This page will walk you through a few simple ways to take a decent photograph of your painting using a camera phone or an automatic "point & shoot" camera. If you have a camera capable of shooting in RAW format with manual controls and want to learn how to take full advantage of it, click here for the Advanced Photography Guide.
The #1 problem with most photos is that they are overexposed. With a manual camera, you can adjust the settings so that the photo is exposed correctly, but because you're using an automatic camera, you will need to find another way to get a good exposure.
But first, what is a good exposure? Let's take a look at this painting:
And now let's compare that to three exposures on this camera phone. The first one is overexposed (too bright), the second one is underexposed (too dark), and the third one is a good exposure.
If you're an enrolled student in the Online Course and you send a photo of your painting to me that is exposed incorrectly, I will let you know if your exposure is too bright or too dark and you can learn by trial and error.
Now that you have a better idea of what a good exposure is, how do you adjust the exposure when taking your photo? Below I will go over two simple methods you can use to adjust your exposure, and then at the bottom of the page I will go over some other important things you should be aware of. Please read all of it!
METHOD 1: Tricking Your Camera
When a camera tries to automatically determine how to expose a photo, it does so by analyzing the brightness of the scene. When taking a photo of your painting, the only part of the image you care about is the painting, but the camera will also analyze the background around your painting. For example, if you hang a bright background behind your painting , the camera will darken the exposure to compensate.
Knowing this, you can trick your camera into changing the exposure so that the painting in your photo is exposed correctly. Because the vast majority of cameras tend to overexpose photos, you will generally be tricking the camera into darkening the exposure. Different cameras may behave differently, so you may need to try a few different things for this to work. For example, you could have someone hold a white piece of paper next to your painting, and include more of the piece of paper in your shot if you need the exposure to be darker, and if it gets too dark, include less of the piece of paper.
If you're ever unsure whether your exposure is correct or not, always err on the dark side. A slightly underexposed photo is better than an overexposed one.
Here's another way to do this that will work on some cameras, including the iPhone: try tapping on different parts of the screen before taking a photo to focus on different parts of the scene. If your camera supports the feature and has it enabled, tapping will adjust the exposure depending on what you tap on. For example, if you tap on a very bright part of the image, the exposure will get darker, and if you tap on a very dark part of the image, the exposure will get brighter. If you're taking a photo of a finished painting, you probably have a whole range of values from very dark to very bright in your painting, so you can try tapping different parts of your painting until the exposure is correct.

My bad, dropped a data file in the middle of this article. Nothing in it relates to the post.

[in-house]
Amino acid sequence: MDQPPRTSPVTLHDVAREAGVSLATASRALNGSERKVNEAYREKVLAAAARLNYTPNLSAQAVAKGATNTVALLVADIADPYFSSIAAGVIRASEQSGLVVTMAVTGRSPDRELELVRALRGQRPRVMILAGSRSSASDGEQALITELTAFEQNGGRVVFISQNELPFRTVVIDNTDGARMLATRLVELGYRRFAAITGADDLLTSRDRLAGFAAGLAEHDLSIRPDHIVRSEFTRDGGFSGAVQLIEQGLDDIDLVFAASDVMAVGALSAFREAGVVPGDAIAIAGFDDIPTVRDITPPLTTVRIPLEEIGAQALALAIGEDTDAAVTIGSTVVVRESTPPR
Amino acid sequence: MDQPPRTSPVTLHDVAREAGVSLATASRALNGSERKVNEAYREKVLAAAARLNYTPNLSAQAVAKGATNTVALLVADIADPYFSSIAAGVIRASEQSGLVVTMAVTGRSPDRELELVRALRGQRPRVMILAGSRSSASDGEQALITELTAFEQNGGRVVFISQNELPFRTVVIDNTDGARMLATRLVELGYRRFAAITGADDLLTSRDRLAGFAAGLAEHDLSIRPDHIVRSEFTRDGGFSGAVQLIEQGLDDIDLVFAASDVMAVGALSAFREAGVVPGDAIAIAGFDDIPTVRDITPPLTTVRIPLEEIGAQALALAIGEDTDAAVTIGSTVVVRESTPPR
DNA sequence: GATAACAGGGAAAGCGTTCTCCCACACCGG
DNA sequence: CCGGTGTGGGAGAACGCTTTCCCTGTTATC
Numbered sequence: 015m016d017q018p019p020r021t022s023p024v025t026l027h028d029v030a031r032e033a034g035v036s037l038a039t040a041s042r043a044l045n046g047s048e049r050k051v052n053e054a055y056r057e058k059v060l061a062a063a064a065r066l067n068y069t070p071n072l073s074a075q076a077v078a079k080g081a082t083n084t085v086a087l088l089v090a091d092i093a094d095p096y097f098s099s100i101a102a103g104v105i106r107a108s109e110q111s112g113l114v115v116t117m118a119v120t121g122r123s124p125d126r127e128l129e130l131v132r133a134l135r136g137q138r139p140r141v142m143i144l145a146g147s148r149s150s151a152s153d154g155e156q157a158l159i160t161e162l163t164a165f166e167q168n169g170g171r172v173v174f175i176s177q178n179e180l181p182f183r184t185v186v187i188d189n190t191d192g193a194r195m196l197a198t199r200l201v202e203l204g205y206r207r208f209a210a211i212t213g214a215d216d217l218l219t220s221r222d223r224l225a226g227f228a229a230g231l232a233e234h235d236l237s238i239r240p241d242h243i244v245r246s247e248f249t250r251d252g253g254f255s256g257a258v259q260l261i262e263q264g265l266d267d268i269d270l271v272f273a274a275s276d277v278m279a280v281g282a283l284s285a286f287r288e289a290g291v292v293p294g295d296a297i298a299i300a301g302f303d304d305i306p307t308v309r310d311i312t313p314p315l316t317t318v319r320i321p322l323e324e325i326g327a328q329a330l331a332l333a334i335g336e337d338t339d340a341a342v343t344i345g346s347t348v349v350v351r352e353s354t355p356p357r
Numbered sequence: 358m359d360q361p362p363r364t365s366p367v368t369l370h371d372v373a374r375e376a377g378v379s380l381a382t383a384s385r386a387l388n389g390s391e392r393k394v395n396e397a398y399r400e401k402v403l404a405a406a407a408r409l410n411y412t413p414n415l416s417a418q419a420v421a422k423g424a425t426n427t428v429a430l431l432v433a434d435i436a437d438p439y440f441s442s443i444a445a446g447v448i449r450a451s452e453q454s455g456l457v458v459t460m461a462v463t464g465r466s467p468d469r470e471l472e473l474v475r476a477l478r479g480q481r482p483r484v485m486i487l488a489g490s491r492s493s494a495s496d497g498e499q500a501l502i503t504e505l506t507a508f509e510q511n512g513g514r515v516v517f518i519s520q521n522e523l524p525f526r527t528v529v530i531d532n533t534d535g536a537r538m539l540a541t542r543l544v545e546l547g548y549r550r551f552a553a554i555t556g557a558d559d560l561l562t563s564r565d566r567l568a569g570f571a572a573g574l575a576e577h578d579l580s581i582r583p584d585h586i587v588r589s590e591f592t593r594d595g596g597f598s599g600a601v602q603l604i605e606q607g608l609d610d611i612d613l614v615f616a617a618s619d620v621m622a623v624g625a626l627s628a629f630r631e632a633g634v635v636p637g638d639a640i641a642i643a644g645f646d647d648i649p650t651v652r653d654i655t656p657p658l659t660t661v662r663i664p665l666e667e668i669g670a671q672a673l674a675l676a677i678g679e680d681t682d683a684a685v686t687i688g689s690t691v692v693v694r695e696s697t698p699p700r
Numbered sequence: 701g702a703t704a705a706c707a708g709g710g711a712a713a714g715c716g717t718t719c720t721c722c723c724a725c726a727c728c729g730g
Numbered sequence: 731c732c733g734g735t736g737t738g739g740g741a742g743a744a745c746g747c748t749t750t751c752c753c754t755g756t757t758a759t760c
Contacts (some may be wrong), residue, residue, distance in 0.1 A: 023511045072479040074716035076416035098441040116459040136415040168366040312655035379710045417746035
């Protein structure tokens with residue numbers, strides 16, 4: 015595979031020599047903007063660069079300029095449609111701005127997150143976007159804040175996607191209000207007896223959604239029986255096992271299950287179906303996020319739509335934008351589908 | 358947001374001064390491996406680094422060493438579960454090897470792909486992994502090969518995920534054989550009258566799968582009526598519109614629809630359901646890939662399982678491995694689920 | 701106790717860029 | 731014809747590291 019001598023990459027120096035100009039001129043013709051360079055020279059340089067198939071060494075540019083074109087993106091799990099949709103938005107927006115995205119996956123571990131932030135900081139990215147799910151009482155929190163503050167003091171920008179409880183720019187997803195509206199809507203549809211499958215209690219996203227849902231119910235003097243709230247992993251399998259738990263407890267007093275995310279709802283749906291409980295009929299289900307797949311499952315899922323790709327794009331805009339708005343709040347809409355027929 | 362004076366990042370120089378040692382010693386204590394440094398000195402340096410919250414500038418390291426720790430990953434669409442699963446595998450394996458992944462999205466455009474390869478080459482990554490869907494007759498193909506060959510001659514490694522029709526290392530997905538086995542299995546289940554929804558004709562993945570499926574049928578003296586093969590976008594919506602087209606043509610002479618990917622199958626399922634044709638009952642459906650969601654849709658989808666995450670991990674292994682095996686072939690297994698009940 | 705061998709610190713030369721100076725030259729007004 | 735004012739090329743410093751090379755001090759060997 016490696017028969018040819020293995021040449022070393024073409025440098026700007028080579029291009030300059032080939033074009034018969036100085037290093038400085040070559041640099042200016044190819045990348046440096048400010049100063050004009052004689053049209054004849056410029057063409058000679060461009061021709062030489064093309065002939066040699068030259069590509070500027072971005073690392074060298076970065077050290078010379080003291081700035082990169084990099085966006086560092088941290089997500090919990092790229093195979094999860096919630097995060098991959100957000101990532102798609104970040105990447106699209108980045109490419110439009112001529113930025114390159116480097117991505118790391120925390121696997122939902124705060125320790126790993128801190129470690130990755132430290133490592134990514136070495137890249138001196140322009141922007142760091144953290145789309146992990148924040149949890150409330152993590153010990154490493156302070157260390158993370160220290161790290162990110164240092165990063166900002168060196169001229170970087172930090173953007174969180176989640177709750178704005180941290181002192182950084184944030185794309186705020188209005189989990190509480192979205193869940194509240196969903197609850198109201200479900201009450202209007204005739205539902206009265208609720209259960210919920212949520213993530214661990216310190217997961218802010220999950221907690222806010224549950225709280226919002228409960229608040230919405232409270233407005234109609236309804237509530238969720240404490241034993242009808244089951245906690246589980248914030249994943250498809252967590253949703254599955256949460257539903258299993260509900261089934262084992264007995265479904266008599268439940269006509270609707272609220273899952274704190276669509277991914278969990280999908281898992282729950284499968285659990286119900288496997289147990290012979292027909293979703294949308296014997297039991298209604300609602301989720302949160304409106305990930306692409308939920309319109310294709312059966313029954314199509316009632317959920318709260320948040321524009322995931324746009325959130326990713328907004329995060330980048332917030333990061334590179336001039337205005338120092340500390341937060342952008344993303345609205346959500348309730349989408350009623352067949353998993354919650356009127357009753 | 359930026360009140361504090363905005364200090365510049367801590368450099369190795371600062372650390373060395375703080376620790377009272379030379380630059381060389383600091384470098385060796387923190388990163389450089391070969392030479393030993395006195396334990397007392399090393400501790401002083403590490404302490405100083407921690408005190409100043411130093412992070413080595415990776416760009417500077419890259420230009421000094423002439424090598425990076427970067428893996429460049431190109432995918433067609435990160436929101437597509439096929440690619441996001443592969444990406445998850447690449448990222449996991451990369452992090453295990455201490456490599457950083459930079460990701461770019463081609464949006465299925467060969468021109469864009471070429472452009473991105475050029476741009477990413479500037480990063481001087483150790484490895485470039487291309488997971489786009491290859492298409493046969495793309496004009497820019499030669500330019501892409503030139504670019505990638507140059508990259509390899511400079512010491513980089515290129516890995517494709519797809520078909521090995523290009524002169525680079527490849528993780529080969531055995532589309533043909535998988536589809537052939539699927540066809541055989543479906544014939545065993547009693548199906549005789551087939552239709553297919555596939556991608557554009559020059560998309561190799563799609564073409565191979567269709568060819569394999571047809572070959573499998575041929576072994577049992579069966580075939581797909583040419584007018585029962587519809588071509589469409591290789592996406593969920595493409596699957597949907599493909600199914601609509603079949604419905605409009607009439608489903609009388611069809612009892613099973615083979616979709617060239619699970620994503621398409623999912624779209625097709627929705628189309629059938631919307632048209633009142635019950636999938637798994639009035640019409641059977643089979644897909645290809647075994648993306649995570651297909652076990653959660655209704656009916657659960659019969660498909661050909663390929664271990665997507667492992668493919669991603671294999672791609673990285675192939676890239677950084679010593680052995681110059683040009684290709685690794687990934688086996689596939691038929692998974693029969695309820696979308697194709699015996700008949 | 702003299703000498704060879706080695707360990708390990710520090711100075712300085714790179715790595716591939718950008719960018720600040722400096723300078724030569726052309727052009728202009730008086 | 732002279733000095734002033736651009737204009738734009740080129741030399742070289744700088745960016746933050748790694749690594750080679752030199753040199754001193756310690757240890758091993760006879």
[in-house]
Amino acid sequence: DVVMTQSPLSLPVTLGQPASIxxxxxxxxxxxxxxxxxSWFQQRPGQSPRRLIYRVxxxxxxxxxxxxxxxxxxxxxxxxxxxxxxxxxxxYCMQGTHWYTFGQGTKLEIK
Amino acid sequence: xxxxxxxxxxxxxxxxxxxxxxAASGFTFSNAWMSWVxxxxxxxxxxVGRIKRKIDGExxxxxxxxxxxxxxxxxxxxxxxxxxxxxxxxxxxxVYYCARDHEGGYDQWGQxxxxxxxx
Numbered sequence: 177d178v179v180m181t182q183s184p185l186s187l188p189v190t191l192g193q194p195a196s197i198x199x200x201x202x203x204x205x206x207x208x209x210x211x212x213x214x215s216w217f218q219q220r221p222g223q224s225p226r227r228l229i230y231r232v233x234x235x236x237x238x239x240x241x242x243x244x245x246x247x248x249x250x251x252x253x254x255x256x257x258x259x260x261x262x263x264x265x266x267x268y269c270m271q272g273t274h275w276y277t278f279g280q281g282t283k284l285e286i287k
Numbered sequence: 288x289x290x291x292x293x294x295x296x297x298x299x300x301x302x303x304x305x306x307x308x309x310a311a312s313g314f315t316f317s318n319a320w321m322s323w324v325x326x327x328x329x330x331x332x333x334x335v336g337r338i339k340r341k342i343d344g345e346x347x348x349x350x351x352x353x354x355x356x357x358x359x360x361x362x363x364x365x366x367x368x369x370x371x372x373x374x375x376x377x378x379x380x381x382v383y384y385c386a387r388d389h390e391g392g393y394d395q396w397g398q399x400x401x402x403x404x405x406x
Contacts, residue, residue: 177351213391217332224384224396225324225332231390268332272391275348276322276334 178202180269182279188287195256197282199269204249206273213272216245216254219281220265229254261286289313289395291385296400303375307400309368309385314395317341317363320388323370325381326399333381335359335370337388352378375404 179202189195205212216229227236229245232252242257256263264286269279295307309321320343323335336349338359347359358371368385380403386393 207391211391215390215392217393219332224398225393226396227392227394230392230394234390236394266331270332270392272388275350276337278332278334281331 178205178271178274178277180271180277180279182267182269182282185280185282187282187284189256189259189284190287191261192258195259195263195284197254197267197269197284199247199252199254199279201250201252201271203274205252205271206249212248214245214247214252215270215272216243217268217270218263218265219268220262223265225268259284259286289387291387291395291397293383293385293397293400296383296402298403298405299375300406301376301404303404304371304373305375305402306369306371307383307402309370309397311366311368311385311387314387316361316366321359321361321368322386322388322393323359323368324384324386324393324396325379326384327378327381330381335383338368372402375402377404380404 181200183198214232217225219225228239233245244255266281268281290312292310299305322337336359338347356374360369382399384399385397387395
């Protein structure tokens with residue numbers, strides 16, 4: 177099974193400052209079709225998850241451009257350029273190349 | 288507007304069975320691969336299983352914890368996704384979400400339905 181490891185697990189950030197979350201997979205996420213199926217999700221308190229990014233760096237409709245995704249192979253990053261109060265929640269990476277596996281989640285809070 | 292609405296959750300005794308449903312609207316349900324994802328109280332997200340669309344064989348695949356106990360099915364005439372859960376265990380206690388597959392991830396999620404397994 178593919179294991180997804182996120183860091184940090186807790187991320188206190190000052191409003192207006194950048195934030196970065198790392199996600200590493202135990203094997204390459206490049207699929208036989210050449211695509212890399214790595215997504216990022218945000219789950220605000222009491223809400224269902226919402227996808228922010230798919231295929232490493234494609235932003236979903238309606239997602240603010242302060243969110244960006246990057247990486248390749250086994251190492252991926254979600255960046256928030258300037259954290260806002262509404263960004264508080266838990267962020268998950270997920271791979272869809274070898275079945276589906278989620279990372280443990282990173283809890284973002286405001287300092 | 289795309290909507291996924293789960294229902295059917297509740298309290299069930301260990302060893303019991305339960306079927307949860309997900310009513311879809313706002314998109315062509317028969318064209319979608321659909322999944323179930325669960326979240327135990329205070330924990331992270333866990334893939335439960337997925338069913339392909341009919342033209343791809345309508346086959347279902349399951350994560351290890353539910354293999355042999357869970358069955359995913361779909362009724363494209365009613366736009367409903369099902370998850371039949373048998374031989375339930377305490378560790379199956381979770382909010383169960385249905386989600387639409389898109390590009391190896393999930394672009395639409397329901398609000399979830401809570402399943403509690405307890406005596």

If you're taking a photo of a stained canvas or an unfinished painting with just the dark values painted in, you won't have many values on the canvas itself that you can tap on. While you could tap on different values in the background behind your easel, the problem with this is that wherever you tap, the camera may focus on that spot. Because the background behind your easel is further away from the camera than your painting is, this could result in your painting being "out of focus" (blurry). But you tape or prop up a piece of paper above your painting, like this:
You can tap on the piece of paper to make the exposure darken. Because the paper is the same distance from your camera as your painting is, your focus will still be correct. If this method darkens your painting too much or doesn't darken it enough, you can try cutting the paper to be smaller, or try including more or all of the paper in your shot. Sometimes it can be tricky to get the camera to cooperate.
METHOD 2: Exposure Compensation Controls
Some cameras (and camera-phone apps) have an "Exposure Compensation" control which allows you to adjust the exposure directly. The control is usually labeled with the icon or the abbreviation "EV" (short for "Exposure Value"). Usually this control is limited, only allowing you to adjust the exposure by a few increments, so you may need to combine this method with Method 1, depending on your camera. However, if you do have access to this control, it may be all you need to obtain the correct exposure.